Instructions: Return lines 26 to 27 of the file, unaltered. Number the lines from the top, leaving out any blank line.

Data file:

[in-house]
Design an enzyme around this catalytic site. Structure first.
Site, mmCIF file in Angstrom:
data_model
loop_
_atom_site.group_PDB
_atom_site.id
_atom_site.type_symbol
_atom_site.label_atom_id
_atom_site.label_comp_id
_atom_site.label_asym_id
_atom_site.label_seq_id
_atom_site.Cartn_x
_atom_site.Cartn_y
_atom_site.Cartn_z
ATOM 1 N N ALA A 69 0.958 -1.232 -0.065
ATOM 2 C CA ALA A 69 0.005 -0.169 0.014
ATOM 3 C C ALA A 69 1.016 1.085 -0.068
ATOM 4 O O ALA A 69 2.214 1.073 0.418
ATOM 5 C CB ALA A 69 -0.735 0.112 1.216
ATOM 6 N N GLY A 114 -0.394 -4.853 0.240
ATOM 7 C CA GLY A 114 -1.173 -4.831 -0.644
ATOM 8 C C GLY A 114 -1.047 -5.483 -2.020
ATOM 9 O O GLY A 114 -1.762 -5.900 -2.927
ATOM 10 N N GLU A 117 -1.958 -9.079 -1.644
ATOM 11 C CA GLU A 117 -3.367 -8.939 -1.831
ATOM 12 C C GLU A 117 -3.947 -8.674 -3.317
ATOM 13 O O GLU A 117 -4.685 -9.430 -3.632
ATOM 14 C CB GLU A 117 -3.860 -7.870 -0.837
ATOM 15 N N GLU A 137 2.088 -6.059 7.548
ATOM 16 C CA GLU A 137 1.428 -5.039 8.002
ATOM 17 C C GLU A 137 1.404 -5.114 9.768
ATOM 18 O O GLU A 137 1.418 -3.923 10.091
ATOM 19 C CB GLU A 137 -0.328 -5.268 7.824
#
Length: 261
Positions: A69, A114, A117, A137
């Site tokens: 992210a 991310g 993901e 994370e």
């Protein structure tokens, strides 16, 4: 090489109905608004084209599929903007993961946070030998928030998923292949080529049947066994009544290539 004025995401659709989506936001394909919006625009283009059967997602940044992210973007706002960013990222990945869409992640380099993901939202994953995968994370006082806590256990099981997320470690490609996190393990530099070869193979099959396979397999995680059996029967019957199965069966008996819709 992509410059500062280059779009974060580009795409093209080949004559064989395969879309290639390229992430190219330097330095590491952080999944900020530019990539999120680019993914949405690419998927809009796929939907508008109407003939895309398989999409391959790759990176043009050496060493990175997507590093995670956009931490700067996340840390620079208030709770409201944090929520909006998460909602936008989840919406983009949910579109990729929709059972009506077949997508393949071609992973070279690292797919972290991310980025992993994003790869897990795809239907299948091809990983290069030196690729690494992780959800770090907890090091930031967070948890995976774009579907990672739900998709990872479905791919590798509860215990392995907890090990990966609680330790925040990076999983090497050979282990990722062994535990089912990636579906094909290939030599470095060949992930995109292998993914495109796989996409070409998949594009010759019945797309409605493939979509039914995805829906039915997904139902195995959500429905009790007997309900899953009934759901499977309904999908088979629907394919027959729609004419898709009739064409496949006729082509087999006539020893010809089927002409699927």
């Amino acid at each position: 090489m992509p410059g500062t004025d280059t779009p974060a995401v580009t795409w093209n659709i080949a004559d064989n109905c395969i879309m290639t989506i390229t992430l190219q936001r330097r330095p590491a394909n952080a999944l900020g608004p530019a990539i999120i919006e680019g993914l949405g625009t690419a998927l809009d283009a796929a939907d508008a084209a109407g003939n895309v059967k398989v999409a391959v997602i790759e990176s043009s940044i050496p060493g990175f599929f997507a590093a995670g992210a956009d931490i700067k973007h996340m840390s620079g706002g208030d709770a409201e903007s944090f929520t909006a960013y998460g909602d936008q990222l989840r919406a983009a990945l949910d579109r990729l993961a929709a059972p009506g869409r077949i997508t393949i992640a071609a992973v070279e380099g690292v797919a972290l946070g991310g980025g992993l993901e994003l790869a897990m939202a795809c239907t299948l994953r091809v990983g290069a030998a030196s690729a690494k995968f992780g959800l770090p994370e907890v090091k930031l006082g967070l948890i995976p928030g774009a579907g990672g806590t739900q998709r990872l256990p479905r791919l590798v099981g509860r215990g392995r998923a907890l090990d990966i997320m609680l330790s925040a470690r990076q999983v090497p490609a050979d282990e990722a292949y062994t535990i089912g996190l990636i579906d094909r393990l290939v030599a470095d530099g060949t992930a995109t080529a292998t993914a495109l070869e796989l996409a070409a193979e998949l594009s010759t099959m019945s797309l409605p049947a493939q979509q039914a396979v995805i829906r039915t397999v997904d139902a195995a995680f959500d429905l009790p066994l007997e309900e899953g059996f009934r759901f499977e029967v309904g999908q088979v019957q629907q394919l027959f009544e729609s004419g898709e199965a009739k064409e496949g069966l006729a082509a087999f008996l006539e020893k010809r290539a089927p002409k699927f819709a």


ATOM 11 C CA GLU A 117 -3.367 -8.939 -1.831
ATOM 12 C C GLU A 117 -3.947 -8.674 -3.317